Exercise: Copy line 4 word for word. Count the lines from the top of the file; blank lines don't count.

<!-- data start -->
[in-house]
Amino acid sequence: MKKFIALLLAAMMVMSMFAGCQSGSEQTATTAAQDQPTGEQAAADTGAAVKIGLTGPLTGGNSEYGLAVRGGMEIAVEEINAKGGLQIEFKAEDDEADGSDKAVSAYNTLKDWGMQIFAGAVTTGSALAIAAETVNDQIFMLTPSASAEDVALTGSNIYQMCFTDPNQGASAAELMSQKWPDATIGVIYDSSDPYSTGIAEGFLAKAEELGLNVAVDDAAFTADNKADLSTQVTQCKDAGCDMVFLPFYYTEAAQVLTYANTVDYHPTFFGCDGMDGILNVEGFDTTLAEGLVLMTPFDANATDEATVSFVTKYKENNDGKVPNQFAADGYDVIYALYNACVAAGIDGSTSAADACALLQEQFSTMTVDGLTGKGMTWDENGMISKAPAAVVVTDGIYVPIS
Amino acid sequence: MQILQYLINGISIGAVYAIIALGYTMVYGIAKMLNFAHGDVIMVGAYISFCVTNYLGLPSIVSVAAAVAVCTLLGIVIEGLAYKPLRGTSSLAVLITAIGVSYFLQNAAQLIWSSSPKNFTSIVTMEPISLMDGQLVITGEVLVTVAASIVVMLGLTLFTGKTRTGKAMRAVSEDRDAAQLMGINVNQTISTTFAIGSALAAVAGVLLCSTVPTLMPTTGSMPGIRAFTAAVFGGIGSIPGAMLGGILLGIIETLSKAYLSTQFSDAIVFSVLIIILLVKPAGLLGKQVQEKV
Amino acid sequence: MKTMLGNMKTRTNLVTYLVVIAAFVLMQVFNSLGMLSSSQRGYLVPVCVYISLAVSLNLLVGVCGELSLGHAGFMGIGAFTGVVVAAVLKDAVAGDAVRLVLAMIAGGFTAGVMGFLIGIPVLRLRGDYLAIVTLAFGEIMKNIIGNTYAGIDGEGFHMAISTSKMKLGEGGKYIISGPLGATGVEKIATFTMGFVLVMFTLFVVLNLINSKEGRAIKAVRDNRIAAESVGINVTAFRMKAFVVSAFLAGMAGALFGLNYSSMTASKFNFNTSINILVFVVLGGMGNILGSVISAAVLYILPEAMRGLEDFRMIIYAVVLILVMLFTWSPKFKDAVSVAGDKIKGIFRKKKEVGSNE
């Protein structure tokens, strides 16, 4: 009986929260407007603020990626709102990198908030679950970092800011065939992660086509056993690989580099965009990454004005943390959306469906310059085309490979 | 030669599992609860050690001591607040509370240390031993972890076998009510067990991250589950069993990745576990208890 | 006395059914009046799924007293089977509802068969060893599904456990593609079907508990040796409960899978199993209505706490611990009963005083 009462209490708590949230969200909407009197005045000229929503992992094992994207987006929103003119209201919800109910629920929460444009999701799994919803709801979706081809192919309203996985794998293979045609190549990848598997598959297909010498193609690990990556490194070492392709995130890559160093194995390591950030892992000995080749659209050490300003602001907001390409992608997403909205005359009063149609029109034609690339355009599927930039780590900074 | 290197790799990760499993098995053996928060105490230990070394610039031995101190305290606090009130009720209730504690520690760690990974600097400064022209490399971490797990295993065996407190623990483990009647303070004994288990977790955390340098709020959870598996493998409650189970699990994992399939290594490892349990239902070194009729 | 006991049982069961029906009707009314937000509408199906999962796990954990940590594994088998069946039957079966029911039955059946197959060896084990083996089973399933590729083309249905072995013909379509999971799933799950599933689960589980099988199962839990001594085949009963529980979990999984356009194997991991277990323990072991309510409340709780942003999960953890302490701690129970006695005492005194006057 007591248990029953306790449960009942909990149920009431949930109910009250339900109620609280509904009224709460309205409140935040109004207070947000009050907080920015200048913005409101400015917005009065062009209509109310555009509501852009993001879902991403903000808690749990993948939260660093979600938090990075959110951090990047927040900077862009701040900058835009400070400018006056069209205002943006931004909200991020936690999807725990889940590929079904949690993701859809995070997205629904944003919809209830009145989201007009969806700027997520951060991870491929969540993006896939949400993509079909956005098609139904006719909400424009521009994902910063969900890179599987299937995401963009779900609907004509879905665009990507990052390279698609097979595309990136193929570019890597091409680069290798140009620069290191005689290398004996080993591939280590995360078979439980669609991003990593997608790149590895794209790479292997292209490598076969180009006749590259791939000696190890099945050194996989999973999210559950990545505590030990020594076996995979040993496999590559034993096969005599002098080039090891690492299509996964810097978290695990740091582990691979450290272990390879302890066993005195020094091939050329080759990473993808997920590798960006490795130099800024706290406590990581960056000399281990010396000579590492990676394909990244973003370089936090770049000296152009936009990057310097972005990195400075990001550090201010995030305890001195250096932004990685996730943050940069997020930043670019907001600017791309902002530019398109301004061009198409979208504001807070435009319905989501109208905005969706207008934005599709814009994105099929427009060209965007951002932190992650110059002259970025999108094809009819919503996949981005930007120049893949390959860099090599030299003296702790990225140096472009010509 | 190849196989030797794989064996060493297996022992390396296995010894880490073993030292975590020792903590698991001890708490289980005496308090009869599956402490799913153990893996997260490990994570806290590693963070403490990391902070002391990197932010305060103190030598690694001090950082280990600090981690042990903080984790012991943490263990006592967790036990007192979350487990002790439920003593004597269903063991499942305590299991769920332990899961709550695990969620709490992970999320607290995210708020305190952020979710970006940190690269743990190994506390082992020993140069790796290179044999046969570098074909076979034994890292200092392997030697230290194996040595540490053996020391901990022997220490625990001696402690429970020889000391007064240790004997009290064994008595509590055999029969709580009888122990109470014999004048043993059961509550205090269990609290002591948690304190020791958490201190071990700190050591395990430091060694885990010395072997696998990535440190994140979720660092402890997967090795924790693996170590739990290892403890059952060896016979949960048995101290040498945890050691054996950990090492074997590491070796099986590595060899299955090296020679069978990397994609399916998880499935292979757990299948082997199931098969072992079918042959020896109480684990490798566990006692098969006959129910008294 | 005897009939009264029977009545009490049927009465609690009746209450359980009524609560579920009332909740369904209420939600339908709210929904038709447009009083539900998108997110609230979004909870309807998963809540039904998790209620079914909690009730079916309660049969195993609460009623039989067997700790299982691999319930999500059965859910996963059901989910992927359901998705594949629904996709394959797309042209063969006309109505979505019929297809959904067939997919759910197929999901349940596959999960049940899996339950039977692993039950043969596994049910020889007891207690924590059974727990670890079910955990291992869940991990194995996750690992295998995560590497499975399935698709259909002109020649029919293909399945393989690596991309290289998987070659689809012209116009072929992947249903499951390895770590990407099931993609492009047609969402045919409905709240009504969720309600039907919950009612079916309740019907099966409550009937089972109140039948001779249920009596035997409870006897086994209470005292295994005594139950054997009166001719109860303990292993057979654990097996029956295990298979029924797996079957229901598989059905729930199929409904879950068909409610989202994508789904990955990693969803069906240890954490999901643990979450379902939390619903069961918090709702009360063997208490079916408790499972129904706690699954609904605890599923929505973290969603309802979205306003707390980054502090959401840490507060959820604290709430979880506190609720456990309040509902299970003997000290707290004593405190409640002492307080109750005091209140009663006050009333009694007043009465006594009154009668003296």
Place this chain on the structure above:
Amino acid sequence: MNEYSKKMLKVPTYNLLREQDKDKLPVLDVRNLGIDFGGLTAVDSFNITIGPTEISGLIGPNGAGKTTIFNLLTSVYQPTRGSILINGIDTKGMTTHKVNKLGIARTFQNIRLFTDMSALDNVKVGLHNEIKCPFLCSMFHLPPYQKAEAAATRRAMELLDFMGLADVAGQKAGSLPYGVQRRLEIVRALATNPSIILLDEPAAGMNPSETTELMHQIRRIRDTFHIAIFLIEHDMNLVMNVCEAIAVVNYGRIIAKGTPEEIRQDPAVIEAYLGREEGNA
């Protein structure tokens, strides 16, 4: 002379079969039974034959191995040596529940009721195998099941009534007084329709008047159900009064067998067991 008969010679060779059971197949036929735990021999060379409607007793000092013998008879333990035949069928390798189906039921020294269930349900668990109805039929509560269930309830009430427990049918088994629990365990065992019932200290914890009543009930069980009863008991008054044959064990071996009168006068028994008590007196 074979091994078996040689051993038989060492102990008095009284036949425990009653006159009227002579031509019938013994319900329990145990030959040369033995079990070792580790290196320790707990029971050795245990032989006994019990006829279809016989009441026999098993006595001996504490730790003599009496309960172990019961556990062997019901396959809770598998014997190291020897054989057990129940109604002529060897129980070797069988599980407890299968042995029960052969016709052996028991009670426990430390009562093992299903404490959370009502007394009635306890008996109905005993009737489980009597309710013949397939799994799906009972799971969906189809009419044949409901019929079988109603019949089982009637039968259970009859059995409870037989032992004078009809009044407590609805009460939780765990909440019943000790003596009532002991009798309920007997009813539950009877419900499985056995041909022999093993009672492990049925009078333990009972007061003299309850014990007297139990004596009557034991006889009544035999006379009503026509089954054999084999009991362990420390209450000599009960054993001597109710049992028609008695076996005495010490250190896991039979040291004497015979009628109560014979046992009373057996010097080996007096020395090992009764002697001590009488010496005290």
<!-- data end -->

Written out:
Amino acid sequence: MKTMLGNMKTRTNLVTYLVVIAAFVLMQVFNSLGMLSSSQRGYLVPVCVYISLAVSLNLLVGVCGELSLGHAGFMGIGAFTGVVVAAVLKDAVAGDAVRLVLAMIAGGFTAGVMGFLIGIPVLRLRGDYLAIVTLAFGEIMKNIIGNTYAGIDGEGFHMAISTSKMKLGEGGKYIISGPLGATGVEKIATFTMGFVLVMFTLFVVLNLINSKEGRAIKAVRDNRIAAESVGINVTAFRMKAFVVSAFLAGMAGALFGLNYSSMTASKFNFNTSINILVFVVLGGMGNILGSVISAAVLYILPEAMRGLEDFRMIIYAVVLILVMLFTWSPKFKDAVSVAGDKIKGIFRKKKEVGSNE